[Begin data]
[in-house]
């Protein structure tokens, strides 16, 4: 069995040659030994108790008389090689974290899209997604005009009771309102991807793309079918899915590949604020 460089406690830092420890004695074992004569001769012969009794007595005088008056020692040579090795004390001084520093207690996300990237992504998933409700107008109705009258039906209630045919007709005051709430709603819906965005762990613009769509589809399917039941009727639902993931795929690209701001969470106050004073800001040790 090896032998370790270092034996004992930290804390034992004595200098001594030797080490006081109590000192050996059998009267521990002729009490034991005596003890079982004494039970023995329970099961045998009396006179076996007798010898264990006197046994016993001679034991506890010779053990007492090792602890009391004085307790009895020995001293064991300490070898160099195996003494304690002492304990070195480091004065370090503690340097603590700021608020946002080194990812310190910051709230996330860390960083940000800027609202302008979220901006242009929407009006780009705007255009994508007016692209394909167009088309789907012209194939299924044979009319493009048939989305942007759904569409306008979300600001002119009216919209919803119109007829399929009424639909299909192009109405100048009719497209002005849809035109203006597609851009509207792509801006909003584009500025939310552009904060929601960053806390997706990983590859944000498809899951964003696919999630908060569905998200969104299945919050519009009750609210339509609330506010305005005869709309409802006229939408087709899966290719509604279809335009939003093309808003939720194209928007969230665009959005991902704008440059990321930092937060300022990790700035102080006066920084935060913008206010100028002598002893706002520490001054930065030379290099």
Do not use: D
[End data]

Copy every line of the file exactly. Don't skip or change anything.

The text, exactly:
[in-house]
């Protein structure tokens, strides 16, 4: 069995040659030994108790008389090689974290899209997604005009009771309102991807793309079918899915590949604020 460089406690830092420890004695074992004569001769012969009794007595005088008056020692040579090795004390001084520093207690996300990237992504998933409700107008109705009258039906209630045919007709005051709430709603819906965005762990613009769509589809399917039941009727639902993931795929690209701001969470106050004073800001040790 090896032998370790270092034996004992930290804390034992004595200098001594030797080490006081109590000192050996059998009267521990002729009490034991005596003890079982004494039970023995329970099961045998009396006179076996007798010898264990006197046994016993001679034991506890010779053990007492090792602890009391004085307790009895020995001293064991300490070898160099195996003494304690002492304990070195480091004065370090503690340097603590700021608020946002080194990812310190910051709230996330860390960083940000800027609202302008979220901006242009929407009006780009705007255009994508007016692209394909167009088309789907012209194939299924044979009319493009048939989305942007759904569409306008979300600001002119009216919209919803119109007829399929009424639909299909192009109405100048009719497209002005849809035109203006597609851009509207792509801006909003584009500025939310552009904060929601960053806390997706990983590859944000498809899951964003696919999630908060569905998200969104299945919050519009009750609210339509609330506010305005005869709309409802006229939408087709899966290719509604279809335009939003093309808003939720194209928007969230665009959005991902704008440059990321930092937060300022990790700035102080006066920084935060913008206010100028002598002893706002520490001054930065030379290099």
Do not use: D